Stonescript by Ryan Tan

I bought a fishing boat and sprinkled twelve life jackets around the deck. On the day of the tour, I wore a durian-patterned shirt with the Singapore Tourism Board logo on the breast pocket. Aaron, a bearded teenager with poop emoji earrings, shoved fifty dollars at me without asking for my license.

“I study ancient languages,” he said as we departed.

“That so?”

He nodded. “I lost my mind when I saw your advert. You’ve no idea how much I want to see the Singapore Stone.”

“You mean the Singapore Stone has stuff written on it?”

He folded his arms. “Didn’t you say you could see its ghost?”

“Oh yes, I remember now.” I clapped once and grinned. “Tell me more.”

“I went to the National Gallery to see the fragment that survived. But I couldn’t decipher the inscriptions. Too messy.”

“What a shame.”

“There was one word I could read, though. The Sanskrit word for ‘thanks’.”

We passed the ArtScience Museum. Water lilies purpled the entrance pool.

Aaron stiffened. “I see it.”

“The stone? Where?”

“In front of Anderson Bridge.”

I saw nothing but phlegm-green water. “Huge, isn’t it?”

“Monstrous,” he said. “I can understand why Captain Stevenson ordered its destruction.”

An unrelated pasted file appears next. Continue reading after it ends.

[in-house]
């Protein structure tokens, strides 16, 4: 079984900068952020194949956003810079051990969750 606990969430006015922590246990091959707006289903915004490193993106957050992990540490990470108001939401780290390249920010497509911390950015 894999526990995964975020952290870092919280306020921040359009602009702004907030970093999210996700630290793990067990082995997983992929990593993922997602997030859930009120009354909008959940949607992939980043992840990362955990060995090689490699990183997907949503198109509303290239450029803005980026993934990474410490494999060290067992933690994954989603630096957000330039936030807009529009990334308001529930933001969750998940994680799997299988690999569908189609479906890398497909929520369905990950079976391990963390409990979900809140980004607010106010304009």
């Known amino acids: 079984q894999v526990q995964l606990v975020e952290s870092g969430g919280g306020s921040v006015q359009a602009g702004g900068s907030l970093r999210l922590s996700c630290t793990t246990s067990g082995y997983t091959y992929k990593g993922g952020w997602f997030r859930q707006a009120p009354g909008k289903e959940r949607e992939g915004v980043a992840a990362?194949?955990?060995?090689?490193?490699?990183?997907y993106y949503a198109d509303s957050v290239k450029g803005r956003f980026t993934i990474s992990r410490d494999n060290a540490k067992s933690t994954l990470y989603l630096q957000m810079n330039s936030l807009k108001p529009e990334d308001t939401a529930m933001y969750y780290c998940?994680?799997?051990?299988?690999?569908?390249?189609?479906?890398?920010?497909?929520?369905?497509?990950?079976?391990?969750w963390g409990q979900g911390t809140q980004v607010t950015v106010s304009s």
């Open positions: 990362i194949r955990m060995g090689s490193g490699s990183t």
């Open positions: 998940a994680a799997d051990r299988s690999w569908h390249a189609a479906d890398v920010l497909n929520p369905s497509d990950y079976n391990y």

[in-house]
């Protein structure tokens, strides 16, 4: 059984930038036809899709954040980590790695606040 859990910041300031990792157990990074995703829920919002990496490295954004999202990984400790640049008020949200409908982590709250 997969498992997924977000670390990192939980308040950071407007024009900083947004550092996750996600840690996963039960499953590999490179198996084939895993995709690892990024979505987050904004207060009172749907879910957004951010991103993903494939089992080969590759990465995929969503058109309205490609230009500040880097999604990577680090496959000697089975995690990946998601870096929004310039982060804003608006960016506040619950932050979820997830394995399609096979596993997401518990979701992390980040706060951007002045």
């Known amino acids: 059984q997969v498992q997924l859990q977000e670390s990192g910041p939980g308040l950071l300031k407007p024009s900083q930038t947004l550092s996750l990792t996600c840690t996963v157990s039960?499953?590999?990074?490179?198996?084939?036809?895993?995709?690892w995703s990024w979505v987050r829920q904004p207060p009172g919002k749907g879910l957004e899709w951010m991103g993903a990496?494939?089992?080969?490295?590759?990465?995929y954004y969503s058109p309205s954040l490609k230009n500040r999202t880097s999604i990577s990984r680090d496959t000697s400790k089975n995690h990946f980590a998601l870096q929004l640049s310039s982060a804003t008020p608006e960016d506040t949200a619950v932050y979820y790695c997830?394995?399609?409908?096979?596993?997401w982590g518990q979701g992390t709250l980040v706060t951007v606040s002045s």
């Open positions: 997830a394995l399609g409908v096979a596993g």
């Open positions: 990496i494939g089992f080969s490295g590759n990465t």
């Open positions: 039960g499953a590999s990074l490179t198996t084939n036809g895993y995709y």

“Horrible man, that Stevenson.” I spat on the deck.

“Can you go a bit closer? I want to read the inscriptions.”

I obliged. My Gucci wallet warmed my fingers.

“For,” Aaron said. “For the.”

“Sorry?”

“I can read two Old Javanese words on the stone. ‘For’ and ‘the’.”

“Really?” I coughed.

“There’s one other word. I can’t remember what it means, but I’ve seen it before.”

He said nothing for the rest of the trip. At Boat Quay, he alighted and took three steps towards Craft Pizza. “Ride,” he mumbled.

“What?”

“The last word is ‘ride’.” He turned and winked. “The Singapore Stone says ‘Thanks for the ride’.” He fled.

The guy was unhinged. At least I’d earned fifty dollars off him. I opened my wallet and held my note against the Singapore River. Where the president’s portrait should have been, a smooth-coated otter smiled for the camera.


Ryan Tan studies English Literature at the National University of Singapore. His fiction has appeared or is forthcoming in Straylight, Grimdark, Bone Parade, Bristol Noir, and The 13 Days of Christmas.

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